Reputation Works Better Than Regulation: Why Demand Should Determine Prices


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Dynamic pricing is receiving a lot of attention, given the media storm surrounding the recent sale of Taylor Swift’s concert tickets. Problems with pre-sale pricing and ticket availability for Swift’s “Eras” tour frustrated fans and prompted politicians to cry foul concerning Ticketmaster’s sales strategy. 

Alexandria Ocasio-Cortez was among the the first to assert that Ticketmaster’s supposed monopoly status should be “reigned in,” while other members of Congress such as Amy Klobuchar, Ilhan Omar, Richard Blumenthal, David Cicilline, and Bill Pascrell also felt it necessary to denounce the dominant status of Ticketmaster. 

This isn’t the first concert that had fans fans demonizing Ticketmaster for its dynamic pricing policy, and this isn’t the first time government officials vowed to intervene in the live entertainment sector. In light of recent events, let’s clarify what dynamic pricing is, why it is a worthwhile strategy for firms to pursue. Politicians should refrain from playing referee, particularly since a firm’s reputation, rather than regulation, plays a greater role in remedying consumer concerns. In fact, in under a month’s time, Ticketmaster has not only apologized to fans for the debacle but has already started the process of making amends by announcing that Verified Fans will have a second chance to purchase tickets for the coveted concert. That response rate is unheard of in the halls of Congress.

Why Demand Levels Should Determine Prices

Dynamic pricing has been around in some form or other for centuries. It is a pricing policy that allows for variations rather than one that is fixed. During the 1950s, however, price adjustments were beginning to be harnessed as a strategic matter in relation to demand conditions. Nobel Laureate William Vikrey proposed that prices should increase for public transport systems at peak periods to lessen congestion. His discovery that a change in price could influence use and consumption patterns by either stimulating or suppressing demand appealed to the interests of the private sector.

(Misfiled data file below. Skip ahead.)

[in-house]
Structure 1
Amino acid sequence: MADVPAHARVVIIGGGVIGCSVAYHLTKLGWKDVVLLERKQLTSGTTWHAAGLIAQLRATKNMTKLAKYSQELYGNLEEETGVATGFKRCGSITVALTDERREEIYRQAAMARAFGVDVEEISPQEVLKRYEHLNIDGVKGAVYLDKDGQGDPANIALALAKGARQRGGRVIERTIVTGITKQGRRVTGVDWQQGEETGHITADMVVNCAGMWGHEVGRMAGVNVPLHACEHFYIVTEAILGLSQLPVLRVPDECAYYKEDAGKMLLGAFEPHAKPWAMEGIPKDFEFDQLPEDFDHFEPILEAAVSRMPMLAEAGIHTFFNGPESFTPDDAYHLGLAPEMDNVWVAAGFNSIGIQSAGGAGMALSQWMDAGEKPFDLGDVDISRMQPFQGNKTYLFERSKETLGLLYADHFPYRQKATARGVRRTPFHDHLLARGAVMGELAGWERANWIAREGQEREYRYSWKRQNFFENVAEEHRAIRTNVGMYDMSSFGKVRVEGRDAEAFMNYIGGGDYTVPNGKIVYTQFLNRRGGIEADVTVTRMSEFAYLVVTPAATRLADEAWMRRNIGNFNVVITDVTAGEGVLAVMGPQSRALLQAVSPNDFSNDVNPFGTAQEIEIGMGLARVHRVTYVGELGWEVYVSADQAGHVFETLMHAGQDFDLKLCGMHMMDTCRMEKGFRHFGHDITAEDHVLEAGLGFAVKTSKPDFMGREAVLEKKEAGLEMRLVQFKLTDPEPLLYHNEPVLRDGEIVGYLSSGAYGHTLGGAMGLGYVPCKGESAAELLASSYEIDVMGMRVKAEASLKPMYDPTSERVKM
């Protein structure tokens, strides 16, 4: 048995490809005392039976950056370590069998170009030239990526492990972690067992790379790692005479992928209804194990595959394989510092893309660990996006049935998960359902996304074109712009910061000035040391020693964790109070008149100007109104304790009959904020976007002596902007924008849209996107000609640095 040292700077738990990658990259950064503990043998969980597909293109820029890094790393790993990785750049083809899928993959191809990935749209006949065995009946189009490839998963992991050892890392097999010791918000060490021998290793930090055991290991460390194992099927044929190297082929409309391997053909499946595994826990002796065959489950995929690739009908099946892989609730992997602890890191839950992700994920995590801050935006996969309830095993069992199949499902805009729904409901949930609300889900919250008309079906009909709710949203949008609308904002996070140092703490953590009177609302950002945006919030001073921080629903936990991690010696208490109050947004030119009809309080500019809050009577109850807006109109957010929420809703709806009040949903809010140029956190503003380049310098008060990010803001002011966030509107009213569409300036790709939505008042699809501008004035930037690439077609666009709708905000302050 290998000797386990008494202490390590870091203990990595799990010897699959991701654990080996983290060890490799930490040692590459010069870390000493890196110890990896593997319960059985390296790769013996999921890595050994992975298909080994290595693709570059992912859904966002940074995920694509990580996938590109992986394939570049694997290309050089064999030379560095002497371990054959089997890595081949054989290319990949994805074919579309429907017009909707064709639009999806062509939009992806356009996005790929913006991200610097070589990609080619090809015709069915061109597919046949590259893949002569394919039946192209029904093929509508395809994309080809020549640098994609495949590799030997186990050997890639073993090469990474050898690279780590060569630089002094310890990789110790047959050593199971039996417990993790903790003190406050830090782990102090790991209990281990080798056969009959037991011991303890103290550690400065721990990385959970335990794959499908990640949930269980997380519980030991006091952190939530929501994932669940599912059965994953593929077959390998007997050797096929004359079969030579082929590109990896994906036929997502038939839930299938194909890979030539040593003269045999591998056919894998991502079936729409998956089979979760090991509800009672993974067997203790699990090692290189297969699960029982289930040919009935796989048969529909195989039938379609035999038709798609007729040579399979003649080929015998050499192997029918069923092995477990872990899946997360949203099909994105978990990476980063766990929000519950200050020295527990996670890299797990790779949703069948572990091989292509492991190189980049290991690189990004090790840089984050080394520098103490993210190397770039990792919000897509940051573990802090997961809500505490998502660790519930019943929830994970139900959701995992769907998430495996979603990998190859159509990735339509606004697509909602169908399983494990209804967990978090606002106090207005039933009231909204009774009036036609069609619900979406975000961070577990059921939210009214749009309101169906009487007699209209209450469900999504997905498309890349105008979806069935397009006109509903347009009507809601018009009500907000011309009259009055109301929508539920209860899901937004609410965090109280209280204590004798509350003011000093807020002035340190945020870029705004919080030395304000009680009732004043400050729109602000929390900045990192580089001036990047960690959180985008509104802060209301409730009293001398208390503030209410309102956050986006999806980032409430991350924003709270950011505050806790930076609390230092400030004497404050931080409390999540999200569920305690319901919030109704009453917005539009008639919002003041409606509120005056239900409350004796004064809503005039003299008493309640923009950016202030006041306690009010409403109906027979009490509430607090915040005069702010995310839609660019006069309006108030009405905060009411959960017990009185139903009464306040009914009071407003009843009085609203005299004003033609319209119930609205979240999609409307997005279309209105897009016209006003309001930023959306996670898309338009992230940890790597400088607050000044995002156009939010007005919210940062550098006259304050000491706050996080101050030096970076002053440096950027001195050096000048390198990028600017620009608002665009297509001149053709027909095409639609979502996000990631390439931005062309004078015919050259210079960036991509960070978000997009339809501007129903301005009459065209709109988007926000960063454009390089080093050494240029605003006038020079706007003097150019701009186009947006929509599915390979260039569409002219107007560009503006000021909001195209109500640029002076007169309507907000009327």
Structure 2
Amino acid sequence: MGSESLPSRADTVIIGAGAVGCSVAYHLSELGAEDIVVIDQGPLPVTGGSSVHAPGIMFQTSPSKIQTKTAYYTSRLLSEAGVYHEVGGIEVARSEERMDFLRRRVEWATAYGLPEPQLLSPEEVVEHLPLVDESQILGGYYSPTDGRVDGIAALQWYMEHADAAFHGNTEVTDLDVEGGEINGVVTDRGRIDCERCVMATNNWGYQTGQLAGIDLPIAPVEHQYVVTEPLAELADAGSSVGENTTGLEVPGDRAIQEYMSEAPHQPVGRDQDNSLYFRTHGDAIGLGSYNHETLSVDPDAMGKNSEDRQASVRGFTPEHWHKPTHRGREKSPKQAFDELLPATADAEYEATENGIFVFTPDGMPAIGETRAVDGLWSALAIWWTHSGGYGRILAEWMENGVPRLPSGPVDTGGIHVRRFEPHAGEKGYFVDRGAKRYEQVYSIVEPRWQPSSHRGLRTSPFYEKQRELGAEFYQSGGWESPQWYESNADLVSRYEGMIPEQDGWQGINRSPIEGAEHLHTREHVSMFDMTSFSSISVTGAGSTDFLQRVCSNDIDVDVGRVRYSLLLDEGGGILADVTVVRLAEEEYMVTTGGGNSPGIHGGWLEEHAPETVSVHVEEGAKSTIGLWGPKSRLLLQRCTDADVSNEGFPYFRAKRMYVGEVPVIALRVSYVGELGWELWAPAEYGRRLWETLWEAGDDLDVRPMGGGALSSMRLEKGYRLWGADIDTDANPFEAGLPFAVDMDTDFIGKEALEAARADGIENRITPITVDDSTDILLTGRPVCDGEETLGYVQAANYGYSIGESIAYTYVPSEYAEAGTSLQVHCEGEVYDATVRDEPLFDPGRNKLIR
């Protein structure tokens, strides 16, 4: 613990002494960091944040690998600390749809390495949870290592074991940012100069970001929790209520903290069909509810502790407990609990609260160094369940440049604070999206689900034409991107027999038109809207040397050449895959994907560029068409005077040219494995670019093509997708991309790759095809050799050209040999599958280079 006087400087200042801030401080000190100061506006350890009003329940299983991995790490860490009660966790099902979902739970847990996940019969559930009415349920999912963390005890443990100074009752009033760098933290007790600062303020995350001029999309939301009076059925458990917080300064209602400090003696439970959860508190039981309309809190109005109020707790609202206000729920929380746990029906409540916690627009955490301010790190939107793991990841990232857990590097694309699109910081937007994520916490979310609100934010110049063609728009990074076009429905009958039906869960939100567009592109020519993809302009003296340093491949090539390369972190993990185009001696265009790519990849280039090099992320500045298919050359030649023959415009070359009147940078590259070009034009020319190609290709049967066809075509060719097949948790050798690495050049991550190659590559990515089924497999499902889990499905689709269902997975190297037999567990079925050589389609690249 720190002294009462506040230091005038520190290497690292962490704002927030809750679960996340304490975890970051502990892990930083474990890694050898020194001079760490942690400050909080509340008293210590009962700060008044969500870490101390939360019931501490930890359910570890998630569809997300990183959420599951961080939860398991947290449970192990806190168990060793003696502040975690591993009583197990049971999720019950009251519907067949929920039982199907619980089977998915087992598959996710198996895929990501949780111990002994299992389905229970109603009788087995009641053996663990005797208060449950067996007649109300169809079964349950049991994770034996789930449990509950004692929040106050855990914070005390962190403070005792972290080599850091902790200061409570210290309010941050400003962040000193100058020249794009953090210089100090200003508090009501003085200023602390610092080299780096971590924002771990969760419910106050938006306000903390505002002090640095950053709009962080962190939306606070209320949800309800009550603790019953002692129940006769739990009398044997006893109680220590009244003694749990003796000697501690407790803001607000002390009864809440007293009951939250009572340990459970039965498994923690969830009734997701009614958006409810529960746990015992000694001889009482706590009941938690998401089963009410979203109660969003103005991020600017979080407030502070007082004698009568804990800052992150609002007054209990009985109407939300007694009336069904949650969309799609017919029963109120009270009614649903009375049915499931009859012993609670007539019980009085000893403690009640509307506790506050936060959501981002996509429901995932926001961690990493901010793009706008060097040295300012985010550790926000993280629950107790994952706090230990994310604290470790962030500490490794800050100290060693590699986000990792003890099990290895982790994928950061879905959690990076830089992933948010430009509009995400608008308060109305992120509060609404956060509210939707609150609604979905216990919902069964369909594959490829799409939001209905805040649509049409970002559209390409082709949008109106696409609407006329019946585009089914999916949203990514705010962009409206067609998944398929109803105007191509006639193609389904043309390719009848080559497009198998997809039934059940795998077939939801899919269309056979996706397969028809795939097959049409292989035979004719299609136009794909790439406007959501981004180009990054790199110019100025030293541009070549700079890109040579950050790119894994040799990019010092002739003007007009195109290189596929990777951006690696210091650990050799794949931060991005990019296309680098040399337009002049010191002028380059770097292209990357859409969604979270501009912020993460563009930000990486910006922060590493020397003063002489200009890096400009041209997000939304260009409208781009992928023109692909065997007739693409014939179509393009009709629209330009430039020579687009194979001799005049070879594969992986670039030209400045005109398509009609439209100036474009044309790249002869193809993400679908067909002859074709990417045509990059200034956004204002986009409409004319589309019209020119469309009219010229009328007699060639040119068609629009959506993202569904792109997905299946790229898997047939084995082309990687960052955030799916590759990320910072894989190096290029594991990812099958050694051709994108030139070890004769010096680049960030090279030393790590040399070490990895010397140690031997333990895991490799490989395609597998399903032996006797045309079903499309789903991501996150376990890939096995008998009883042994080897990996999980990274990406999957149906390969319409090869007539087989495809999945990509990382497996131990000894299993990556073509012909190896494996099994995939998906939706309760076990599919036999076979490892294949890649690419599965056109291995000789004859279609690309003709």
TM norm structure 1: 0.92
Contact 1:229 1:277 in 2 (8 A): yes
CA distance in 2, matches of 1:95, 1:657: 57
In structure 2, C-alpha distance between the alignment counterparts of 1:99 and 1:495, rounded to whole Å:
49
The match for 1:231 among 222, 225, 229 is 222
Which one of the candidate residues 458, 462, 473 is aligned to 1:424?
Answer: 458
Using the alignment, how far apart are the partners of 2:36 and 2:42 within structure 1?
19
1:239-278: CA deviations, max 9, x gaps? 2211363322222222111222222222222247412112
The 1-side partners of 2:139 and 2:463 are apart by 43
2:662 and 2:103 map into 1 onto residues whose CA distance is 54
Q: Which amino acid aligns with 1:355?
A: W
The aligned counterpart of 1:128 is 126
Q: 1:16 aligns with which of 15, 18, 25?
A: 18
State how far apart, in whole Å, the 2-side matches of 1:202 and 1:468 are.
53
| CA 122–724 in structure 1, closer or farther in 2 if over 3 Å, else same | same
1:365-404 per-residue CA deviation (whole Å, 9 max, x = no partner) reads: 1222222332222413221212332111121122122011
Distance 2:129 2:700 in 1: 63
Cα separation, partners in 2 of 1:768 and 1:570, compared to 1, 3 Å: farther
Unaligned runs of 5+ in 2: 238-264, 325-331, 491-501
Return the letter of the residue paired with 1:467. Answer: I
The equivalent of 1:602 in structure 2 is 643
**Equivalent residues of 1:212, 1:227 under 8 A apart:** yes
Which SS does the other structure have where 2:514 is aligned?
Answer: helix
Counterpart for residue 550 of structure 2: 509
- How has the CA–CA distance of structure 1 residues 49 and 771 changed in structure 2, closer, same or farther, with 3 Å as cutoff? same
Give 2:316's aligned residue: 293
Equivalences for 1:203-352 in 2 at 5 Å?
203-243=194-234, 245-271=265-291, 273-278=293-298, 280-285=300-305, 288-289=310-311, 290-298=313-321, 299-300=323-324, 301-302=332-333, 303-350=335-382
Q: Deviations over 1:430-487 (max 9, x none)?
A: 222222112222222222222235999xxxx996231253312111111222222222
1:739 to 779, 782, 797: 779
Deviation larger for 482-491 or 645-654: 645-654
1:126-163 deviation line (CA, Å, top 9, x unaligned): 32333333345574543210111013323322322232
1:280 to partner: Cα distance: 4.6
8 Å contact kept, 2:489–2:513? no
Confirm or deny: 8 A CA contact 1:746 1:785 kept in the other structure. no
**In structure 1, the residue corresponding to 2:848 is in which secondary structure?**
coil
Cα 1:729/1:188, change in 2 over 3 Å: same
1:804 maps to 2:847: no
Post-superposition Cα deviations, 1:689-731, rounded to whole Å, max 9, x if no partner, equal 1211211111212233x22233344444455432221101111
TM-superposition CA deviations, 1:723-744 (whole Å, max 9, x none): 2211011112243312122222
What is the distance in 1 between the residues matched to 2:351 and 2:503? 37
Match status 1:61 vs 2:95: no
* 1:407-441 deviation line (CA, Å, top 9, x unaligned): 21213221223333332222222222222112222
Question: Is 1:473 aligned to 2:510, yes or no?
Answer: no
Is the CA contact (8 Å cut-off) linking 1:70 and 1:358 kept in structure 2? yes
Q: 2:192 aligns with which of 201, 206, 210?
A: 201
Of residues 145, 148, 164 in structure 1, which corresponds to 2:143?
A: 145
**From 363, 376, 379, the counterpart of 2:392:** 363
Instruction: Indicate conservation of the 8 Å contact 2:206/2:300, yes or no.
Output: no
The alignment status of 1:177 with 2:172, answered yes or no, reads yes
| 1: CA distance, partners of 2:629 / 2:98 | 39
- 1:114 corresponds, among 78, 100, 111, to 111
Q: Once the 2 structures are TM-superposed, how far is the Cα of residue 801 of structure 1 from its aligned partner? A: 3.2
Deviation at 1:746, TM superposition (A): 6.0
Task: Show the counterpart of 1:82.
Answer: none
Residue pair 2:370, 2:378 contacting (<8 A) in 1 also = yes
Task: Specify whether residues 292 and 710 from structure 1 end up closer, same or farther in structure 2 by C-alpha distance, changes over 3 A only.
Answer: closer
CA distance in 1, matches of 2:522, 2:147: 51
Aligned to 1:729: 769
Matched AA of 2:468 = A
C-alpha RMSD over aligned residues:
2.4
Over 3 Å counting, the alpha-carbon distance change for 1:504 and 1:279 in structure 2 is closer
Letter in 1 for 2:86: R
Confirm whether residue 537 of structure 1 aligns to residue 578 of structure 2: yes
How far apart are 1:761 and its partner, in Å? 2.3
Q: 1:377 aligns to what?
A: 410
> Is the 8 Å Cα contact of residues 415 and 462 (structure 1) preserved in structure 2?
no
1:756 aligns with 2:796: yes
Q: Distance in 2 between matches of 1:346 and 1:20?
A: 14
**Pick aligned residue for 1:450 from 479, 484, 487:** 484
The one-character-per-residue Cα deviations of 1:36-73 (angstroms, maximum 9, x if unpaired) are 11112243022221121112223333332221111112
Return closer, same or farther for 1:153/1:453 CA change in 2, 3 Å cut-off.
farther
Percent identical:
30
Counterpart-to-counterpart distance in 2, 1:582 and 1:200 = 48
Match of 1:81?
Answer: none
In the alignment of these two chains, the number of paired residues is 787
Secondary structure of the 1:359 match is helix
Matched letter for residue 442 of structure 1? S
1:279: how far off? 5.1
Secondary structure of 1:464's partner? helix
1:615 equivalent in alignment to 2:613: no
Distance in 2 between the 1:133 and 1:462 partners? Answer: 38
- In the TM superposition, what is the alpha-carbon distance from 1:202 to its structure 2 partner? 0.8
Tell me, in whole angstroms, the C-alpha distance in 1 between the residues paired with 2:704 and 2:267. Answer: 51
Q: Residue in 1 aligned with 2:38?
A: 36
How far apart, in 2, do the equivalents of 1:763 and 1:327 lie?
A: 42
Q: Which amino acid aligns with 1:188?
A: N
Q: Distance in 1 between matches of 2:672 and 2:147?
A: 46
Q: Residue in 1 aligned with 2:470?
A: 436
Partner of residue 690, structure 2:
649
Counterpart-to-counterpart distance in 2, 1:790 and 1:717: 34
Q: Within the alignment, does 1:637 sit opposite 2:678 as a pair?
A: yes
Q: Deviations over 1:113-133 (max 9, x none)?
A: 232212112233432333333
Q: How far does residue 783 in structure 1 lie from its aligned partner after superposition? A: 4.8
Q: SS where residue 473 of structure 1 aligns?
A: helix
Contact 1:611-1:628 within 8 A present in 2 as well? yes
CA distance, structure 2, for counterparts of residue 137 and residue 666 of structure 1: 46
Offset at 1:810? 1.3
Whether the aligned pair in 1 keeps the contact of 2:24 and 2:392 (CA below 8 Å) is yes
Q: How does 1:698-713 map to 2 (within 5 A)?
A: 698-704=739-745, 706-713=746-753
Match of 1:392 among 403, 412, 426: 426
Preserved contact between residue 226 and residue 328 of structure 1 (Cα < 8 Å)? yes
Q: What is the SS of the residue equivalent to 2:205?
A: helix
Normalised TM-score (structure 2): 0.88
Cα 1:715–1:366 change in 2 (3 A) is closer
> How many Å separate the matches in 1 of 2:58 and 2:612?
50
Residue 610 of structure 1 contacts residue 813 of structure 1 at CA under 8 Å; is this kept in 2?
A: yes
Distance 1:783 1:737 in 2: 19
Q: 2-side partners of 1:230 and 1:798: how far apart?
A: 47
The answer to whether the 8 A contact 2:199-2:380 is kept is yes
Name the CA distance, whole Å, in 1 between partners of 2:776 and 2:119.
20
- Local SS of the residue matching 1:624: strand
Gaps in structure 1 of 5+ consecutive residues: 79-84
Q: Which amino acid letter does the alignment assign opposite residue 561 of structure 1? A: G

Under a dynamic pricing policy, prices shift according to market conditions, consumer interest, and competitive pressures. Thanks to technological advancements that can assess changes in these factors, companies can better determine demand levels, and pivot their prices, in near-real time.

With dynamic pricing, last-minute tickets to a show can either be a steal if there are unsold seats, or can cost a small fortune if those seats remain in high demand. A Tik Tok influencer demonstrated this by spending $10,000 on two tickets to a Harry Styles concert. 

Dynamic pricing happens all around us, and anyone who has rushed to a restaurant to take advantage of happy hour deals knows all too well how crucial it is that their server input the order before the hour is up. Those who prefer to dine late must forgo the happy-hour price perks. This illustrates an important benefit of dynamic pricing: it furthers opportunities for price discrimination. Despite the negative connotation, price discrimination can be a strategic move. Different markets are charged different prices for the same offering, as in the classic example of granting student or senior discounts for movie tickets when other ticket buyers (seeing the same film in the same theater at the same time) pay full-price.